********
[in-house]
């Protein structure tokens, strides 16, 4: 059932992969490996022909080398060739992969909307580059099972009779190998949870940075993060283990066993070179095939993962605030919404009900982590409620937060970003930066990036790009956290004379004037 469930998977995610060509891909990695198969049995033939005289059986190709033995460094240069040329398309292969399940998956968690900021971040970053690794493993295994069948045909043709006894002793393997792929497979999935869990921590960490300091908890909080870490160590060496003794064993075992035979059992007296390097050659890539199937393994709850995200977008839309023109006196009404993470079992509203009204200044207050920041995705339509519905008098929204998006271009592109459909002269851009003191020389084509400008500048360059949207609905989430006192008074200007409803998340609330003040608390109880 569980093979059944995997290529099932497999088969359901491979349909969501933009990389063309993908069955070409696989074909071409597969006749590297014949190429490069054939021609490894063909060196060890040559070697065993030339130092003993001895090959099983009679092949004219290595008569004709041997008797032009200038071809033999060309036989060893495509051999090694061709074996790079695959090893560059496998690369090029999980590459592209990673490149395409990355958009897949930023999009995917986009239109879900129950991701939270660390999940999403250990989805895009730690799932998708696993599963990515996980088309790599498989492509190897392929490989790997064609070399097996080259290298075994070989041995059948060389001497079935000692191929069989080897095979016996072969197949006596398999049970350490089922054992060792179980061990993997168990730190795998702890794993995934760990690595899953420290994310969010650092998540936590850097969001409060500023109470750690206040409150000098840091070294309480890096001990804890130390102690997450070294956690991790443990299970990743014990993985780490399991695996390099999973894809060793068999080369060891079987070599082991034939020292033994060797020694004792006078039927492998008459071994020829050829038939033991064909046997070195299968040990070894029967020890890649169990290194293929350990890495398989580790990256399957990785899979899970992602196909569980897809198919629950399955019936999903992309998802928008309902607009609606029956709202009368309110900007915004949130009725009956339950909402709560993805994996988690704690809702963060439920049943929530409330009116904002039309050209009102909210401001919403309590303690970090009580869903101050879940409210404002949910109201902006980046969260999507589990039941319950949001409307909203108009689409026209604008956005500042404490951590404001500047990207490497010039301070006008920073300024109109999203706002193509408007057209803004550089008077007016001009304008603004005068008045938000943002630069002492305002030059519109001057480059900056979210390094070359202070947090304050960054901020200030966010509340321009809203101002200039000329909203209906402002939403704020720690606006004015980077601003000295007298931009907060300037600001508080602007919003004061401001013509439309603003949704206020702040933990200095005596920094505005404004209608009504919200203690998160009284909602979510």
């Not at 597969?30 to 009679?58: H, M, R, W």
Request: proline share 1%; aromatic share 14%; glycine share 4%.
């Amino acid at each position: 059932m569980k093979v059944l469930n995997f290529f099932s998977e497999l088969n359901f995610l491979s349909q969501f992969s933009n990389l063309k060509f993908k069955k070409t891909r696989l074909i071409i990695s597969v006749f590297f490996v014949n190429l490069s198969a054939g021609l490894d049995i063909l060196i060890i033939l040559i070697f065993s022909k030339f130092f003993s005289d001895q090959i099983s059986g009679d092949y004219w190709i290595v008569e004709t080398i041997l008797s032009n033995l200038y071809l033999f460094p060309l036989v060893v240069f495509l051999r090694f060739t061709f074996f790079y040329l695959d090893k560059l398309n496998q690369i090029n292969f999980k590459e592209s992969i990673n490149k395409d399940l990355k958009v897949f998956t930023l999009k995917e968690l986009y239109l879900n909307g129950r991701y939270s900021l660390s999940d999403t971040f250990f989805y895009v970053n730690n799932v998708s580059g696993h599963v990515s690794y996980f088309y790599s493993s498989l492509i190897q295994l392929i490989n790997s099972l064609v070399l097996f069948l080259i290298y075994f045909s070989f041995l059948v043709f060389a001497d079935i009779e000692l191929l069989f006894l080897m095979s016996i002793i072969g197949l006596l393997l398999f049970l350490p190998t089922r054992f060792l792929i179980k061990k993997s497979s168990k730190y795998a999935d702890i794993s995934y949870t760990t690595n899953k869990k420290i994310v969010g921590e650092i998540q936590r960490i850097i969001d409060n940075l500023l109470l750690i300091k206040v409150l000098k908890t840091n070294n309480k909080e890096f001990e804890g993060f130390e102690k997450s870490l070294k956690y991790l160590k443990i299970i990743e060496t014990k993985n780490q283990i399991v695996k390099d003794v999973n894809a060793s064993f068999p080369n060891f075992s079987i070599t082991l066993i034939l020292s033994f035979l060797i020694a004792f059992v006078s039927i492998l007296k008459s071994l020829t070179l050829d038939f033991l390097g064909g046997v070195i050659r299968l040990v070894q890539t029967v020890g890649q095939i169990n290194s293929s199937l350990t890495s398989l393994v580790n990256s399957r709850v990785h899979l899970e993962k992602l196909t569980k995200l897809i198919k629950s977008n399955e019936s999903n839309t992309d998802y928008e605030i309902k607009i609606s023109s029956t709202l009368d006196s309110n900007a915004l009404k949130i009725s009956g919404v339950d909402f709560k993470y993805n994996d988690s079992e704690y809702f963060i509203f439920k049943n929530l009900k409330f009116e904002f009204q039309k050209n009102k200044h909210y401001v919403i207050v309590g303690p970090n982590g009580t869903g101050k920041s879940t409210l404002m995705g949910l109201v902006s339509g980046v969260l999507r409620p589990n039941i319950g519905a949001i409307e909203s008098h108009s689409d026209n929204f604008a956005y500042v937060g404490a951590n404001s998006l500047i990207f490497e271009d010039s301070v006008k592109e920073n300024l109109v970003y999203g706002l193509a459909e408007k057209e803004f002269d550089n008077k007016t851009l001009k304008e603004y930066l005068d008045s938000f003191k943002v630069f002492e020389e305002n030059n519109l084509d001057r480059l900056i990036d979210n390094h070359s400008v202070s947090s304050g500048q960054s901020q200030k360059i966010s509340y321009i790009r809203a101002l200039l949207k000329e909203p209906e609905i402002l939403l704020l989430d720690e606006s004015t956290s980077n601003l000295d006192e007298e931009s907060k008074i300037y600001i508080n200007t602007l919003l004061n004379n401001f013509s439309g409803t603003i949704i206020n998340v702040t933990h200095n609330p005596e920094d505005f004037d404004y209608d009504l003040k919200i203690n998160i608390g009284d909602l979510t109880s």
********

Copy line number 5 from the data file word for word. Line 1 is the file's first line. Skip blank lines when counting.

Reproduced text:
């Amino acid at each position: 059932m569980k093979v059944l469930n995997f290529f099932s998977e497999l088969n359901f995610l491979s349909q969501f992969s933009n990389l063309k060509f993908k069955k070409t891909r696989l074909i071409i990695s597969v006749f590297f490996v014949n190429l490069s198969a054939g021609l490894d049995i063909l060196i060890i033939l040559i070697f065993s022909k030339f130092f003993s005289d001895q090959i099983s059986g009679d092949y004219w190709i290595v008569e004709t080398i041997l008797s032009n033995l200038y071809l033999f460094p060309l036989v060893v240069f495509l051999r090694f060739t061709f074996f790079y040329l695959d090893k560059l398309n496998q690369i090029n292969f999980k590459e592209s992969i990673n490149k395409d399940l990355k958009v897949f998956t930023l999009k995917e968690l986009y239109l879900n909307g129950r991701y939270s900021l660390s999940d999403t971040f250990f989805y895009v970053n730690n799932v998708s580059g696993h599963v990515s690794y996980f088309y790599s493993s498989l492509i190897q295994l392929i490989n790997s099972l064609v070399l097996f069948l080259i290298y075994f045909s070989f041995l059948v043709f060389a001497d079935i009779e000692l191929l069989f006894l080897m095979s016996i002793i072969g197949l006596l393997l398999f049970l350490p190998t089922r054992f060792l792929i179980k061990k993997s497979s168990k730190y795998a999935d702890i794993s995934y949870t760990t690595n899953k869990k420290i994310v969010g921590e650092i998540q936590r960490i850097i969001d409060n940075l500023l109470l750690i300091k206040v409150l000098k908890t840091n070294n309480k909080e890096f001990e804890g993060f130390e102690k997450s870490l070294k956690y991790l160590k443990i299970i990743e060496t014990k993985n780490q283990i399991v695996k390099d003794v999973n894809a060793s064993f068999p080369n060891f075992s079987i070599t082991l066993i034939l020292s033994f035979l060797i020694a004792f059992v006078s039927i492998l007296k008459s071994l020829t070179l050829d038939f033991l390097g064909g046997v070195i050659r299968l040990v070894q890539t029967v020890g890649q095939i169990n290194s293929s199937l350990t890495s398989l393994v580790n990256s399957r709850v990785h899979l899970e993962k992602l196909t569980k995200l897809i198919k629950s977008n399955e019936s999903n839309t992309d998802y928008e605030i309902k607009i609606s023109s029956t709202l009368d006196s309110n900007a915004l009404k949130i009725s009956g919404v339950d909402f709560k993470y993805n994996d988690s079992e704690y809702f963060i509203f439920k049943n929530l009900k409330f009116e904002f009204q039309k050209n009102k200044h909210y401001v919403i207050v309590g303690p970090n982590g009580t869903g101050k920041s879940t409210l404002m995705g949910l109201v902006s339509g980046v969260l999507r409620p589990n039941i319950g519905a949001i409307e909203s008098h108009s689409d026209n929204f604008a956005y500042v937060g404490a951590n404001s998006l500047i990207f490497e271009d010039s301070v006008k592109e920073n300024l109109v970003y999203g706002l193509a459909e408007k057209e803004f002269d550089n008077k007016t851009l001009k304008e603004y930066l005068d008045s938000f003191k943002v630069f002492e020389e305002n030059n519109l084509d001057r480059l900056i990036d979210n390094h070359s400008v202070s947090s304050g500048q960054s901020q200030k360059i966010s509340y321009i790009r809203a101002l200039l949207k000329e909203p209906e609905i402002l939403l704020l989430d720690e606006s004015t956290s980077n601003l000295d006192e007298e931009s907060k008074i300037y600001i508080n200007t602007l919003l004061n004379n401001f013509s439309g409803t603003i949704i206020n998340v702040t933990h200095n609330p005596e920094d505005f004037d404004y209608d009504l003040k919200i203690n998160i608390g009284d909602l979510t109880s």